According to the EC study from 2019, the capacity potential for the Baltic Sea in 2050 stands at 93 GW, while according to the combined ambitions of the Baltic Sea region itself the potential for 2030 amounts to 19,6 GW. Despite different timeframes, the difference between potential and ambition is obvious, as is the difference between the region’s ambition for 2030 and the current installed capacities which accounts for ca. 1/7 of the envisaged 19.6 GW in 2030. Fulfilling the gap requires intensive preparatory works and investments as well as political support and engagement, agreed the participants of the meeting.
What ENTSO-E need from the member states to prepare its plans are projected offshore RES capacities, offshore RES locations and maritime spatial plans ideally by end-October / mid-November this year, according to ENTSO-E presentation showed at the BEMIP meeting.
“When we are referring to the offshore planning, we have in mind the TEN-E regulation, which entered into force in mid of this year,” Irina Minciuna from DG Energy reminded.
As she explained, in the revised TEN-E legislation a number of improvements had been introduced, such as new infrastructure categories and reconfiguration of priority corridors. “Until now we didn’t have a hydrogen category or dedicated offshore corridor, and with a new legislation these elements have been included and recognized as being of pan-European relevance and importance,” Minciuna stressed. “Now, we have dedicated offshore planning provisions, … we eliminated natural gas from the TEN-E legislation, we focus on hydrogen electrolysers and no-carbon and renewable gases“- she enumerated.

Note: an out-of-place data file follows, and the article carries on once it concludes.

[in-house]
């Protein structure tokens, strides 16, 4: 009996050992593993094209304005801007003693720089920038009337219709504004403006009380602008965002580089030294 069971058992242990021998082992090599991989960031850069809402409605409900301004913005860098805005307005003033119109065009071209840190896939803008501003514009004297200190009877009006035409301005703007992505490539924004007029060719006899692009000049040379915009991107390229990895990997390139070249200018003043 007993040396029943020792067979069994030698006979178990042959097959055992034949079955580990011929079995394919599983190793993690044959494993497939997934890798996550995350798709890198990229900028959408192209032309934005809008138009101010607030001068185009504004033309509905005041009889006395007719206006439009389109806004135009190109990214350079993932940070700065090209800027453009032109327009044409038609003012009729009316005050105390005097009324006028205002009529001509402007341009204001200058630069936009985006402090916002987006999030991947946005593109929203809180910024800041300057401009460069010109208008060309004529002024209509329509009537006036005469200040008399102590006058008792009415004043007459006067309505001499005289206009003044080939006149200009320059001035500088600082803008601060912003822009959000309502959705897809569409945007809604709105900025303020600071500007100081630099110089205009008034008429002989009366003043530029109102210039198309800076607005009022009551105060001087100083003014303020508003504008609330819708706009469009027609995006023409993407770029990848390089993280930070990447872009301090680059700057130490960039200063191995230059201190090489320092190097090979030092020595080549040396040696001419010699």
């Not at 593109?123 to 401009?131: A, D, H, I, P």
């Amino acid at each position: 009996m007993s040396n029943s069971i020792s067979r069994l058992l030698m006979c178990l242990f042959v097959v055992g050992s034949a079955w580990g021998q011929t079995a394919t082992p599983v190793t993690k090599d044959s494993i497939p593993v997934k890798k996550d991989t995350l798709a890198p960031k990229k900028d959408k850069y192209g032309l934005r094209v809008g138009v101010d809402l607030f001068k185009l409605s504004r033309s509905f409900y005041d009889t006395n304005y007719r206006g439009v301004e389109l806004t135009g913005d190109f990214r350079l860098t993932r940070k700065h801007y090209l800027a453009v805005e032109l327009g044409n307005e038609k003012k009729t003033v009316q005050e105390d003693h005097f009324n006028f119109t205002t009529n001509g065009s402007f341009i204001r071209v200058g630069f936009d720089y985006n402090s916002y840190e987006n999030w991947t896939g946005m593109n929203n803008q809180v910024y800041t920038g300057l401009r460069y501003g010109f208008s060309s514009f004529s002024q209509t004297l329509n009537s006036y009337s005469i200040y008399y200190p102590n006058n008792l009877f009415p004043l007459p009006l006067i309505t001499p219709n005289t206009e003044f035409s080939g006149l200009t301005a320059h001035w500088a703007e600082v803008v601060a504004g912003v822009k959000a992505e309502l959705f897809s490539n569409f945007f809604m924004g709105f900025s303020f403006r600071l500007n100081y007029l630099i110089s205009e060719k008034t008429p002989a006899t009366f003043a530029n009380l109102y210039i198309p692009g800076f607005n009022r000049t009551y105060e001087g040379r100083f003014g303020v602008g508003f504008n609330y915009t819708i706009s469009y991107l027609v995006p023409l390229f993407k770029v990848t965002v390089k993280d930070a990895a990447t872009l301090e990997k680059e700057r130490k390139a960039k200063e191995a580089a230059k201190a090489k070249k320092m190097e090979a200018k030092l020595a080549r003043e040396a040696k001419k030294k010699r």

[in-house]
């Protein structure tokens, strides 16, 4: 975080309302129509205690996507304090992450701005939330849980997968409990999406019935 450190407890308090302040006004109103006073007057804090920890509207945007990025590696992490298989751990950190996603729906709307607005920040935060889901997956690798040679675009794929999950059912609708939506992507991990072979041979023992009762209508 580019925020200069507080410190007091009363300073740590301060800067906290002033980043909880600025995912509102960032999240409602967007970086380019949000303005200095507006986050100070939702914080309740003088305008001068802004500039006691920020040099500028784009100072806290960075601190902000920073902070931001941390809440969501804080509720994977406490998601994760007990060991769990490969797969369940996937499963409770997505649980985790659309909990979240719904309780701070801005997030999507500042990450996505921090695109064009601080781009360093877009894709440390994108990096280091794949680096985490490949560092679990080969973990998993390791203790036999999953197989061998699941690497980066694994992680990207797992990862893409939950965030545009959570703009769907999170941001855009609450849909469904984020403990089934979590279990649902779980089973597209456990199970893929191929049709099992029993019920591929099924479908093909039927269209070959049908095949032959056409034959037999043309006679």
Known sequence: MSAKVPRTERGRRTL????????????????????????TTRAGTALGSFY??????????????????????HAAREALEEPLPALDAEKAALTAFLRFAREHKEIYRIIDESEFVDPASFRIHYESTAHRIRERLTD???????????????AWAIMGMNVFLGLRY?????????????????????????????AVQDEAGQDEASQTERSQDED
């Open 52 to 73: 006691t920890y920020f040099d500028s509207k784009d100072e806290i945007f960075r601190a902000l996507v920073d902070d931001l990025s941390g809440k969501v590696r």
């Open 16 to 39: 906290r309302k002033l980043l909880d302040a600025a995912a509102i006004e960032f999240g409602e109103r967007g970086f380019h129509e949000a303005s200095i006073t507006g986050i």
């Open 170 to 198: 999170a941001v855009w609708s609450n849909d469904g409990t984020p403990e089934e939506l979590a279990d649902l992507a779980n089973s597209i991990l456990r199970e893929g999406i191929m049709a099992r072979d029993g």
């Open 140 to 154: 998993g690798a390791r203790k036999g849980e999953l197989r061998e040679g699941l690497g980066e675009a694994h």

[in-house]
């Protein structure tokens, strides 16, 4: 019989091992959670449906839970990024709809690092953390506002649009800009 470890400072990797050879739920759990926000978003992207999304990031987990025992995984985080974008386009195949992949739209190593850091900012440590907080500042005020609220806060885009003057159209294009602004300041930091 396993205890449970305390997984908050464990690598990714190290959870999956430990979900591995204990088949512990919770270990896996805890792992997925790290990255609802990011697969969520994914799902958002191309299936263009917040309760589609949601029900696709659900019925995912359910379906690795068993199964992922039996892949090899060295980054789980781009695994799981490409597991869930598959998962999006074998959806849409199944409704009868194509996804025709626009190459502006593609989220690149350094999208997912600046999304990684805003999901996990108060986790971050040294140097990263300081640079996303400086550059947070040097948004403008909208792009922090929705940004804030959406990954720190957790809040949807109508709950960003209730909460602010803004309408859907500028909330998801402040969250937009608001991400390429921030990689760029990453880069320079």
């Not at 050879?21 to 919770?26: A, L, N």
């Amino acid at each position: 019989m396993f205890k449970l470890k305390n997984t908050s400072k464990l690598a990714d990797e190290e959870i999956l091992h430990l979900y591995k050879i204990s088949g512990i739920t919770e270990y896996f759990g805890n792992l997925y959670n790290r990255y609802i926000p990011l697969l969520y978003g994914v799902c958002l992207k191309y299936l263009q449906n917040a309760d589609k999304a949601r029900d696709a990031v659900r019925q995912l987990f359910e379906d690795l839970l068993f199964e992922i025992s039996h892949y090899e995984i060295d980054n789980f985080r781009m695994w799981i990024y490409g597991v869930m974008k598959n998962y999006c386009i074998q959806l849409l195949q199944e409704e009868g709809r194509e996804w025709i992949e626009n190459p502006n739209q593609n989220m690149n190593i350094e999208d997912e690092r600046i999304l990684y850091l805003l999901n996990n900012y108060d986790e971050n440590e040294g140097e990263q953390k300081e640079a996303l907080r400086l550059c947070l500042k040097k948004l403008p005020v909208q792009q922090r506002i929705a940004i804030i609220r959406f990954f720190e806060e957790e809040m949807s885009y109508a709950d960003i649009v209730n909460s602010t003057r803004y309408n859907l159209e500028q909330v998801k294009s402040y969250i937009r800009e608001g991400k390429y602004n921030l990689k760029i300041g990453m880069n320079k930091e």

Moreover, the revised TEN-E legislation enhanced the regulatory and permitting provisions to accelerate the implementation of all energy infrastructure projects of common interest placed on the final list for financing, not only offshore projects. The overall planning has been strengthened as well, including the infrastructure to be completed within the member states and which are of pan-European relevance, as well as mutual interest projects to be carried out with third countries.
The goal of the BEMIP high-level group is to create energy connections between the Baltic countries through which an integrated and open regional energy market will be achieved. The group includes representatives from Denmark, Germany, Estonia, Latvia, Lithuania, Poland, Finland and Sweden, with Norway as an observer.
Relevant working groups within BEMIP are working on individual projects concerning gas, electricity, security of supply, synchronization, RES, or energy connections for offshore projects. On 30 September 2020, ministers from 8 EU countries in the Baltic Sea region and European Commissioner for Energy Kadri Simson signed a declaration on closer cooperation in the area of offshore wind energy. On 28 October 2021, BEMIP adopted a work program for offshore development in the region. The plan is to be updated in 2024. Now BEMIP is coordinating the preparation of the region’s common goals for offshore development until 2050.